The Seven Network’s legal action against Cricket Australia (CA) is the deepest cut in two years to threaten coverage of the game this summer.
Seven has filed a lawsuit in Federal Court to end the $450 million TV rights deal and seek damages for “multiple quality and standard violations.”
The bulk of these alleged breaches stem from the quality of the Men’s Big Bash League (BBL), which Seven has compared unfavorably to the Indian Premier League (IPL).
The IPL is considered the number one T20 tournament in international cricket. It regularly features Australia’s top male cricketers, including Test captain and vice-captain, Pat Cummins and Steve Smith, as well as David Warner.
All three have not played in the past editions of the BBL.
Additionally, the IPL features many of the game’s top international stars, while the BBL has failed to attract those same players in the seasons hit by COVID.
The details of Seven’s claim are set forth in the 49-page claim statement filed in federal court and obtained by ABC Sport.
In the claim, Seven argues that its media rights agreement (MRA) with CA meant that the BBL should have been equal in the quality and standard of the IPL, but was far from it in a number of key areas, including:
- quality of players
- the amount of the salary ceiling
- not having auctions for every franchise.
Seven argue that CA should not have planned BBL matches in competition with men’s internationals.
“Players playing in the Men’s One-Day International Match, the Men’s Twenty20 International Match or the International Exhibition Match involving a secondary ‘Australia A’ team and competing International teams (being players of at least the highest quality and standard) may not playing in the Seven BBL match, which will reduce the quality and level of players available to play in the Seven BBL match,” the statement reads.
“At all relevant times, the BCCI (Board of Control for Cricket in India) has never scheduled an international match where an Indian national men’s team competes with an IPL match.”
Seven’s claim says match scheduling meant Australian players – such as Smith, Aaron Finch, Alex Carey, Ashton Agar, Marnus Labuschagne and Adam Zampa – were unable to play in the BBL.
The claim goes against the quality of last season’s BBL tournament, which was hit hard by COVID, forcing teams to use lower players as a supplement.
It mentions the time the Sydney Sixers played assistant coach Jay Lenton despite Smith being available to play for the franchise but not allowing CA Smith to play.
“It would have been reasonable if Cricket Australia had prioritized taking steps to make Steve Smith available, as Steve Smith is a world-class player whose absence is expected to diminish public interest and the size of the audience broadcast. said the claim. stated.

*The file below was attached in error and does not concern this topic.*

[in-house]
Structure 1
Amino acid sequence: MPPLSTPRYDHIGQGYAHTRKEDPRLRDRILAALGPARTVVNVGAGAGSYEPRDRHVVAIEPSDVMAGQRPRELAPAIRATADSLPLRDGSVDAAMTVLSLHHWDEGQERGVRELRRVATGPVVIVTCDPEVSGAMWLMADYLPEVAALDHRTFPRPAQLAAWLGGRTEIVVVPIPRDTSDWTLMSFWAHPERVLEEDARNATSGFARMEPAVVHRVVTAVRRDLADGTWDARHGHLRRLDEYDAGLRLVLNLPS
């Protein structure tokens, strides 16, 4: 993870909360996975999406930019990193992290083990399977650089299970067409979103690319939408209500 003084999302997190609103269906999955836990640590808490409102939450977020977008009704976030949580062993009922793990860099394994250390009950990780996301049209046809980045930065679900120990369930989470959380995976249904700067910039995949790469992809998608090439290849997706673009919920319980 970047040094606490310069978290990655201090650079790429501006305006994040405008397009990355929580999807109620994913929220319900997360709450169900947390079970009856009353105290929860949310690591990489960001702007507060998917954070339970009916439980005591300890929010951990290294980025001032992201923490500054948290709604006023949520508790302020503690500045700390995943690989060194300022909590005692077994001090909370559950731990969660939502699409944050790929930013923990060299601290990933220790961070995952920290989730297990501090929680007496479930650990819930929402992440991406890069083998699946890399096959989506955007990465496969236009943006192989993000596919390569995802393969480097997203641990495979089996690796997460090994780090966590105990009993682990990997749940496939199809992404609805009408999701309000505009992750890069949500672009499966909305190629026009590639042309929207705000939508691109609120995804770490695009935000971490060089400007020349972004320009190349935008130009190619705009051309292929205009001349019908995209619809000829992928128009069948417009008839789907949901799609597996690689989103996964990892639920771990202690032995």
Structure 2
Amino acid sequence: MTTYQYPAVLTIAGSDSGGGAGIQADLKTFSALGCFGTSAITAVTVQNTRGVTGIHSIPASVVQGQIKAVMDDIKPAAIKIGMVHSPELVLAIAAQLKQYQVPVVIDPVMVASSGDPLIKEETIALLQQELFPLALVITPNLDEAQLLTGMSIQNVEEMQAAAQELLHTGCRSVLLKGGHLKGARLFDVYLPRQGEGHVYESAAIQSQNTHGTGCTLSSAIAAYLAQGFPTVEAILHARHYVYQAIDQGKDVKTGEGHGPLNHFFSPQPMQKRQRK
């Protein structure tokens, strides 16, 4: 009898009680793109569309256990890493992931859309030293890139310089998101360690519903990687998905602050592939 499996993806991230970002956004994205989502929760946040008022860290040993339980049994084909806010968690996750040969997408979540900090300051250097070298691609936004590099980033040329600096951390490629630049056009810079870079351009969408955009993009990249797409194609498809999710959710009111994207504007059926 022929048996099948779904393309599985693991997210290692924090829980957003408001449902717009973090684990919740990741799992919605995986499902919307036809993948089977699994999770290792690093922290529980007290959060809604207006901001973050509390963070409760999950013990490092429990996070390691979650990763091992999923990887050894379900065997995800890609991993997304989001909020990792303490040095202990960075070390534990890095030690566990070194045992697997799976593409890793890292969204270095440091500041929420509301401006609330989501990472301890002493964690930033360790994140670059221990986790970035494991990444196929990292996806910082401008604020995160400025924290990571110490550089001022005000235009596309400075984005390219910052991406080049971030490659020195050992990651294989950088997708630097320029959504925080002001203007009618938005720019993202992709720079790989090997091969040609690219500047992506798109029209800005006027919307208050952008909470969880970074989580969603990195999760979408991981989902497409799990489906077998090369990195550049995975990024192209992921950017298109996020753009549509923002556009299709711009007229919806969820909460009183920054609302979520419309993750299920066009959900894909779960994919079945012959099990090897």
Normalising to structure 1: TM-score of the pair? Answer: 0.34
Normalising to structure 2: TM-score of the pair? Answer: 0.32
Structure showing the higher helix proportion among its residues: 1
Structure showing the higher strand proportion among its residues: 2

The claim notes that one player, Justin Avendano, appeared for the Melbourne Stars against the Perth Scorchers and played for the Sydney Sixers against the Scorchers just a week later.
According to the claim, CA’s organization of the 2021-22 BBL season “undermined the franchise rivalry necessary for matches of a quality and standard at least equal to the highest quality and standard in the world”.
In the same season, Seven went against CA’s decision to schedule the first 12 games in Tasmania or Canberra.
Seven says that decision “would likely generate a significantly reduced broadcast audience and public interest in the BBL men’s tournament compared to the broadcasting audience and audience interest generated by playing matches at other venues available. are for Cricket Australia”.
Seven’s claim argued that CA should have allowed an IPL-like auction so that each franchise could bid for the best players in the world.
“A domestic T20 tournament – with players of at least the highest quality and standard in the world – should feature some of the best foreign players,” the claim said.
Call to lift BBL salary ceiling
Seven argue that the BBL should have had a salary cap that was “calculated to attract, and was able to attract, players suitable for matches of at least the highest quality and standard in the world, rather than a salary cap on explain that BBL tournament franchises for men prevent the attraction of such players”.
The claim compares the BBL salary cap for the 2021-22 season, of $1.9 million per team, with the IPL cap of approximately $15 million per franchise, for a league that runs five days less.
It points to similar differences in the salary ceilings of the two competitions over the past two years.
And while the IPL allowed four foreign players per franchise, the BBL allowed only two for the 2019-20 season and three for the following two seasons.
Seven concludes that CA has breached her contract for each of the first three years of her MRA.
The alleged breaches all relate to what it believes to be CA’s failure to provide a world-class BBL competition equal to the IPL.
Seven is seeking damages for an amount yet to be determined and the termination of the last two years of her TV rights agreement.
CA, for its part, has hit back in a media statement, saying it is “astonished that Seven has taken this unwarranted action, which will be vigorously defended”.
“CA remains immensely proud of the efforts of the Australian cricket family, including players, match officials, sponsors, stadium managers, host governments, staff and volunteers whose hard work, dedication and expertise have enabled us to deliver two exceptional cricket seasons in unprecedented circumstances,” the statement read.